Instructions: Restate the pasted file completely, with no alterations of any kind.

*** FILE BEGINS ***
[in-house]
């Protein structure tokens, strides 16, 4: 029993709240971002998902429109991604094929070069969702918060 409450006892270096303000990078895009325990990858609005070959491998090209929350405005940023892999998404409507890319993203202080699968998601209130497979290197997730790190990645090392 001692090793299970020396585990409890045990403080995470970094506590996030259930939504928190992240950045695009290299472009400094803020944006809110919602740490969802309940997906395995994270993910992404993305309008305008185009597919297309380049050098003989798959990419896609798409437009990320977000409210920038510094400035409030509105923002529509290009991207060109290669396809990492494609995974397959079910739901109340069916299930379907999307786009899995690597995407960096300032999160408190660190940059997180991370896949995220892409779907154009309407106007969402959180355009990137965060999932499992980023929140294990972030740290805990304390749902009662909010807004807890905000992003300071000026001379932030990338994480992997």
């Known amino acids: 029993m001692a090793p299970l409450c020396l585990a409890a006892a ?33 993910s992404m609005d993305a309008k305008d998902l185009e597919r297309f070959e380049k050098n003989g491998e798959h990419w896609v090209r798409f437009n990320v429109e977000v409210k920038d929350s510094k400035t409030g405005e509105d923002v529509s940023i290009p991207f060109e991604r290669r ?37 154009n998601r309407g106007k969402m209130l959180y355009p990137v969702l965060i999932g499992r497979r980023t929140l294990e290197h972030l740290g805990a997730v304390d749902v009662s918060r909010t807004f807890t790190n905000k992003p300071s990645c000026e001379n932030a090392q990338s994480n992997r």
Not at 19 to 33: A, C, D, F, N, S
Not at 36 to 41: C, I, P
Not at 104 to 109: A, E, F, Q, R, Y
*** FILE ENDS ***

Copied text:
[in-house]
């Protein structure tokens, strides 16, 4: 029993709240971002998902429109991604094929070069969702918060 409450006892270096303000990078895009325990990858609005070959491998090209929350405005940023892999998404409507890319993203202080699968998601209130497979290197997730790190990645090392 001692090793299970020396585990409890045990403080995470970094506590996030259930939504928190992240950045695009290299472009400094803020944006809110919602740490969802309940997906395995994270993910992404993305309008305008185009597919297309380049050098003989798959990419896609798409437009990320977000409210920038510094400035409030509105923002529509290009991207060109290669396809990492494609995974397959079910739901109340069916299930379907999307786009899995690597995407960096300032999160408190660190940059997180991370896949995220892409779907154009309407106007969402959180355009990137965060999932499992980023929140294990972030740290805990304390749902009662909010807004807890905000992003300071000026001379932030990338994480992997």
């Known amino acids: 029993m001692a090793p299970l409450c020396l585990a409890a006892a ?33 993910s992404m609005d993305a309008k305008d998902l185009e597919r297309f070959e380049k050098n003989g491998e798959h990419w896609v090209r798409f437009n990320v429109e977000v409210k920038d929350s510094k400035t409030g405005e509105d923002v529509s940023i290009p991207f060109e991604r290669r ?37 154009n998601r309407g106007k969402m209130l959180y355009p990137v969702l965060i999932g499992r497979r980023t929140l294990e290197h972030l740290g805990a997730v304390d749902v009662s918060r909010t807004f807890t790190n905000k992003p300071s990645c000026e001379n932030a090392q990338s994480n992997r």
Not at 19 to 33: A, C, D, F, N, S
Not at 36 to 41: C, I, P
Not at 104 to 109: A, E, F, Q, R, Y